Telephone medicine in a southern university private practice

R. E. Morrison, Kristopher Arheart, W. Rimner

Research output: Contribution to journalArticle

9 Citations (Scopus)

Abstract

Routine, office-hour, patient-directed telephone calls to a general and multispecialty-university, private-practice clinic were surveyed. The calls were short, averaging 1 to 2 minutes. Two-thirds of the calls concerned medications, and 13% were for new medical problems. Patients called with a variety of chronic conditions and less commonly for new problems. Medications such as antihypertensives, antibiotics, and diuretics were prescribed and refilled. The role of telephone medicine in providing access in some managed- care settings is yet to be studied.

Original languageEnglish
Pages (from-to)157-159
Number of pages3
JournalAmerican Journal of the Medical Sciences
Volume306
Issue number3
StatePublished - Jan 1 1993
Externally publishedYes

Fingerprint

Private Practice
Telephone
Medicine
Managed Care Programs
Diuretics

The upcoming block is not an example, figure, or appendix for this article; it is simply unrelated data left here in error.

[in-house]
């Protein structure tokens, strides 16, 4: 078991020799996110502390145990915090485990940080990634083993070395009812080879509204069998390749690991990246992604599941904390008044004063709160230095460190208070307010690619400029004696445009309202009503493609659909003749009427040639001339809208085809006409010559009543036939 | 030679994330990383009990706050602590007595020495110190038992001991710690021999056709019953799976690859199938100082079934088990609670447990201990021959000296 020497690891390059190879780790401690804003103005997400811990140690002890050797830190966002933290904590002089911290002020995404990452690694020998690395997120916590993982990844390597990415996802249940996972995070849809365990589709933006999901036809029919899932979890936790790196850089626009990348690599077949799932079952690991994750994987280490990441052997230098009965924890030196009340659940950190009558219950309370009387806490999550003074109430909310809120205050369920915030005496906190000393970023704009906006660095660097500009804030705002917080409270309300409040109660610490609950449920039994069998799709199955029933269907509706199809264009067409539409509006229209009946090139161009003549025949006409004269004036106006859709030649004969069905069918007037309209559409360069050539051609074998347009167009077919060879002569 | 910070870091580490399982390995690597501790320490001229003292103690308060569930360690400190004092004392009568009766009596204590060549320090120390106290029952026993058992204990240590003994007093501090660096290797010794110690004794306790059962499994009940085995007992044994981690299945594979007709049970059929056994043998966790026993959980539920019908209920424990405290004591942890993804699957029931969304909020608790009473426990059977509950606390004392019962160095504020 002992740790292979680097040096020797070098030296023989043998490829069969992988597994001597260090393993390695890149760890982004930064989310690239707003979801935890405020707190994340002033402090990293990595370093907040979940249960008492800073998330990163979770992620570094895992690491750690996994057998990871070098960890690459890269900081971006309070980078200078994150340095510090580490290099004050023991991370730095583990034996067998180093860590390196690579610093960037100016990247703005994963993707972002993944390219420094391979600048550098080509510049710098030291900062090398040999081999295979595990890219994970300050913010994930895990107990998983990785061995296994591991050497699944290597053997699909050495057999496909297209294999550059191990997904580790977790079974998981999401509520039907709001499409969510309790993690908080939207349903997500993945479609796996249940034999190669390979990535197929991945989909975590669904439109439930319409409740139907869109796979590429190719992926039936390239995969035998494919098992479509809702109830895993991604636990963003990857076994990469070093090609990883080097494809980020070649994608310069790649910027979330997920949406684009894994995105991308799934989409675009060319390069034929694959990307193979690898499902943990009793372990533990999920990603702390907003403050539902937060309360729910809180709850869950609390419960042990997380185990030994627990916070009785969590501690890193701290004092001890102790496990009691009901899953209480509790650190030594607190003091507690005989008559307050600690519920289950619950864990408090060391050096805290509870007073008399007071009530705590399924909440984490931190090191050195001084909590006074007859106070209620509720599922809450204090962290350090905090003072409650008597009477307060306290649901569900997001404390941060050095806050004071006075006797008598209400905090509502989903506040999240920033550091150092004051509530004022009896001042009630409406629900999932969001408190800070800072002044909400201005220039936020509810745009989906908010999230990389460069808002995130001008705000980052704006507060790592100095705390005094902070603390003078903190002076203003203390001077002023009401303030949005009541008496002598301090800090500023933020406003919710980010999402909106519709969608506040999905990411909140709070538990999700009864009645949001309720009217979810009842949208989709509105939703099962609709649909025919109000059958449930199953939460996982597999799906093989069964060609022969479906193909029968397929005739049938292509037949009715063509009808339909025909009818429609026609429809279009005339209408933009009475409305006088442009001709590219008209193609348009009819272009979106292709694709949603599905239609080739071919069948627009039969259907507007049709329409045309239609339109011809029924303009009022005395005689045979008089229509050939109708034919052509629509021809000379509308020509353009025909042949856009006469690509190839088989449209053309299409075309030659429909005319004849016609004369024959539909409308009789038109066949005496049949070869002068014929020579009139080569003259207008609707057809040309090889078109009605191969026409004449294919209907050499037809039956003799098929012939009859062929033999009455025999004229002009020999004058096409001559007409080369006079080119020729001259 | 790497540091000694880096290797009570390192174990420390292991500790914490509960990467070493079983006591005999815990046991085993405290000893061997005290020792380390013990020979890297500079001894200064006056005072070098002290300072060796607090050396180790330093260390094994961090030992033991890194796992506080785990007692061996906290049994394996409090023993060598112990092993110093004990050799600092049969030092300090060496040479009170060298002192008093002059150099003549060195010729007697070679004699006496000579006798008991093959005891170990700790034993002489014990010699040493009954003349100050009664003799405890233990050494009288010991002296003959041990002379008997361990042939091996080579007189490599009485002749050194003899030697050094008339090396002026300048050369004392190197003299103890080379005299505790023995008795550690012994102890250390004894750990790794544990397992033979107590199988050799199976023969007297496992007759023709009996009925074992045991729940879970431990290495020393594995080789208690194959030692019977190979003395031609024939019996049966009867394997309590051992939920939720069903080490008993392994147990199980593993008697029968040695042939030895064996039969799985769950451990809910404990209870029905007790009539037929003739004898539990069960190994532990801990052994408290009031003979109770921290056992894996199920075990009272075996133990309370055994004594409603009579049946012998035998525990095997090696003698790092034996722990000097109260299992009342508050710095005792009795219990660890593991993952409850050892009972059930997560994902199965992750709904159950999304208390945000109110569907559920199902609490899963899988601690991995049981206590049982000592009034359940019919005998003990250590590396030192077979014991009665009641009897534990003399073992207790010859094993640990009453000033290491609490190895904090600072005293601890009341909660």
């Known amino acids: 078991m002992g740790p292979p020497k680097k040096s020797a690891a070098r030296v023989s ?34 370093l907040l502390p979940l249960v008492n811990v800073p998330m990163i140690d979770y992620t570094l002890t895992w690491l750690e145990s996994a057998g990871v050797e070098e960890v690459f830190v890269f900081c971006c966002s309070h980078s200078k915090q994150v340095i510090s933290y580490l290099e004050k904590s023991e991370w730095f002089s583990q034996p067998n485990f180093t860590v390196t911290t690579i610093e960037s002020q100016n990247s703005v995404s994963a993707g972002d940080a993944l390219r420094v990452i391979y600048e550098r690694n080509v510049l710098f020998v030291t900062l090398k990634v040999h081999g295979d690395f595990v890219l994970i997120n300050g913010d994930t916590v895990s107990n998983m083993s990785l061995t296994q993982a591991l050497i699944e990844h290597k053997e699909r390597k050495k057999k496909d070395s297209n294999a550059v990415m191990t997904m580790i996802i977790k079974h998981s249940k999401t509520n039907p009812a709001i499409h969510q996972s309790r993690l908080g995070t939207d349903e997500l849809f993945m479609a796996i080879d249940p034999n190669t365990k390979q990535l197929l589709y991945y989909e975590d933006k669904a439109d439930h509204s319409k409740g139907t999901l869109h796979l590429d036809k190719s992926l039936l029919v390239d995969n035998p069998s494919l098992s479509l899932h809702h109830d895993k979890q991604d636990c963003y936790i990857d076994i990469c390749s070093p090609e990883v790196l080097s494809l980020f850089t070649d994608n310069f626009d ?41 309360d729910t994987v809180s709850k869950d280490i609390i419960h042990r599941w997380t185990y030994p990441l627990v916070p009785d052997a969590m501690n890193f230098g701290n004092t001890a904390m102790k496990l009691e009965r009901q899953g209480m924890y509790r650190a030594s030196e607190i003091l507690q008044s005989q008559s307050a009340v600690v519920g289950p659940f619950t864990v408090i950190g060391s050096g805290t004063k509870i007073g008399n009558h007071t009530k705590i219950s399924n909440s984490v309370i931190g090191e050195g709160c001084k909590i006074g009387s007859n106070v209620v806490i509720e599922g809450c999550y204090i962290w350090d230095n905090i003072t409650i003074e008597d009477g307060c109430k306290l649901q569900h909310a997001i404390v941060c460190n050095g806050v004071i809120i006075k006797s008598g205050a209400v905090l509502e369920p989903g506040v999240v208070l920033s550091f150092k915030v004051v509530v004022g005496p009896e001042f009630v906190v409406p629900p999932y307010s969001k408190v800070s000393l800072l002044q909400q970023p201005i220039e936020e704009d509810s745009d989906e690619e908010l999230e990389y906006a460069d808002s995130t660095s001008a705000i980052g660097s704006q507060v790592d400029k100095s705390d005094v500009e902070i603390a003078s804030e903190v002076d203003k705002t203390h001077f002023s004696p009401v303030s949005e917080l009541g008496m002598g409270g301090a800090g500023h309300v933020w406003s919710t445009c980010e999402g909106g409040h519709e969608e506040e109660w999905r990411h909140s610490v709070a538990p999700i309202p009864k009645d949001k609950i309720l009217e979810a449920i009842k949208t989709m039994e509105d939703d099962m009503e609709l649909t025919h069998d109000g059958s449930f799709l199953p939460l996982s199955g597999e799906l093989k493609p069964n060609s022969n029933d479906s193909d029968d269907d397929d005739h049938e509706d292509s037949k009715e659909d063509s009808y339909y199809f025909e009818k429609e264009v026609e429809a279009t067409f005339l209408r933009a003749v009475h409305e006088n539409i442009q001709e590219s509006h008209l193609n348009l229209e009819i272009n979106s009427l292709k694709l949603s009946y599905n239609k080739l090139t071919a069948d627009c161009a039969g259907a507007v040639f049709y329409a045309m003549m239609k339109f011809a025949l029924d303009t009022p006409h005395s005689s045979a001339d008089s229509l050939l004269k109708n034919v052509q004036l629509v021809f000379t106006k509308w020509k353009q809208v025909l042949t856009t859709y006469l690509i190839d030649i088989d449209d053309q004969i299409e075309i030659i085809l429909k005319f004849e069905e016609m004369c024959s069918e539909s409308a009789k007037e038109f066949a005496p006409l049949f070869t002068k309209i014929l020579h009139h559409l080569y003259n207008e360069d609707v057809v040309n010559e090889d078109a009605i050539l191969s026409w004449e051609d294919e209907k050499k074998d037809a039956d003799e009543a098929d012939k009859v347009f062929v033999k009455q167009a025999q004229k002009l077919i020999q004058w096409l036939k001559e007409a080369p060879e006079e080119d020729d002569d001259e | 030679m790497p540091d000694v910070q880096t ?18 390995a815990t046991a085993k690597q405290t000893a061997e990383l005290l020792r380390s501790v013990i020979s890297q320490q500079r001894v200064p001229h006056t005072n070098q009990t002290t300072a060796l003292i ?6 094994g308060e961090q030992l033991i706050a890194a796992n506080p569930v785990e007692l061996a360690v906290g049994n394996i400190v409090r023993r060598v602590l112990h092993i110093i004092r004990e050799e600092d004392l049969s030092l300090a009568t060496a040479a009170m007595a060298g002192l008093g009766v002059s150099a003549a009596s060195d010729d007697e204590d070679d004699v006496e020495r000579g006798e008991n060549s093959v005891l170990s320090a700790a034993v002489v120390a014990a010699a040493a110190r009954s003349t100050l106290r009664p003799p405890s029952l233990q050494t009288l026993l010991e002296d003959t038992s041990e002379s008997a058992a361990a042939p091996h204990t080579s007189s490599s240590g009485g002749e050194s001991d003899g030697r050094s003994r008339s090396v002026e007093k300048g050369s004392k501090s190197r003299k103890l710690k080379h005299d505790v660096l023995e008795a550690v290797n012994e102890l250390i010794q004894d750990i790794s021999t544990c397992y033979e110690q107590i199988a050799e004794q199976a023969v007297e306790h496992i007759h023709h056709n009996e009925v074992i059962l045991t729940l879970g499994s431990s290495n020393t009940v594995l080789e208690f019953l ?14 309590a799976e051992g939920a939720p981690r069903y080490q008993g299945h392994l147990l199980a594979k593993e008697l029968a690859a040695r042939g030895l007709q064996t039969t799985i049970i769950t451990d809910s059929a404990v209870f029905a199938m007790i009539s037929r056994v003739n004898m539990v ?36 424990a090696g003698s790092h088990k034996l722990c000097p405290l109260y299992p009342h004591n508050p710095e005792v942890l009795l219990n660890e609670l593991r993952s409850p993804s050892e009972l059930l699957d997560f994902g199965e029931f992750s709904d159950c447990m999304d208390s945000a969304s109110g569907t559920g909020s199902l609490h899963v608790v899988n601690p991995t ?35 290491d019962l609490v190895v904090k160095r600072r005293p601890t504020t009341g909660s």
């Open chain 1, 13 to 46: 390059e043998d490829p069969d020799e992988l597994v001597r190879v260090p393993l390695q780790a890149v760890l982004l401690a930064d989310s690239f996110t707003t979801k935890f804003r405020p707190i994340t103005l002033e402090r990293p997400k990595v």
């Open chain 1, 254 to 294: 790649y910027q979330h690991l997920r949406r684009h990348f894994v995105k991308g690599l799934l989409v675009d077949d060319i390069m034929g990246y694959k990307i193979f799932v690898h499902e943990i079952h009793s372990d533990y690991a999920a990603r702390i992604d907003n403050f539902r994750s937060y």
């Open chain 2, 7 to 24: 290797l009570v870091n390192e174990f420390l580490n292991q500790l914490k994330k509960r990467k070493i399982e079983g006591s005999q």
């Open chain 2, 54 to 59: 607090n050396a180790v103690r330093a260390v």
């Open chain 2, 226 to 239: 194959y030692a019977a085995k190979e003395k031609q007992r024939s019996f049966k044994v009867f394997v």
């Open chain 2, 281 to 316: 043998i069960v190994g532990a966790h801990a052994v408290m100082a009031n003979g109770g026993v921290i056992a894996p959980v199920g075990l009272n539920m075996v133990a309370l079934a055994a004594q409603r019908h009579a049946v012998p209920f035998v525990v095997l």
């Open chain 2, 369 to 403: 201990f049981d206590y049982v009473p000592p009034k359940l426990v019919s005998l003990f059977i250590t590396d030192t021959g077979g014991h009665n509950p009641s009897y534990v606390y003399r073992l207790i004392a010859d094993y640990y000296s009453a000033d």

Antihypertensive Agents
Anti-Bacterial Agents

Keywords

  • Office practice
  • Patient access
  • Telephone medicine
  • Triage

ASJC Scopus subject areas

  • Medicine(all)

Cite this

Morrison, R. E., Arheart, K., & Rimner, W. (1993). Telephone medicine in a southern university private practice. American Journal of the Medical Sciences, 306(3), 157-159.

Telephone medicine in a southern university private practice. / Morrison, R. E.; Arheart, Kristopher; Rimner, W.

In: American Journal of the Medical Sciences, Vol. 306, No. 3, 01.01.1993, p. 157-159.

Research output: Contribution to journalArticle

Morrison, RE, Arheart, K & Rimner, W 1993, 'Telephone medicine in a southern university private practice', American Journal of the Medical Sciences, vol. 306, no. 3, pp. 157-159.
Morrison, R. E. ; Arheart, Kristopher ; Rimner, W. / Telephone medicine in a southern university private practice. In: American Journal of the Medical Sciences. 1993 ; Vol. 306, No. 3. pp. 157-159.
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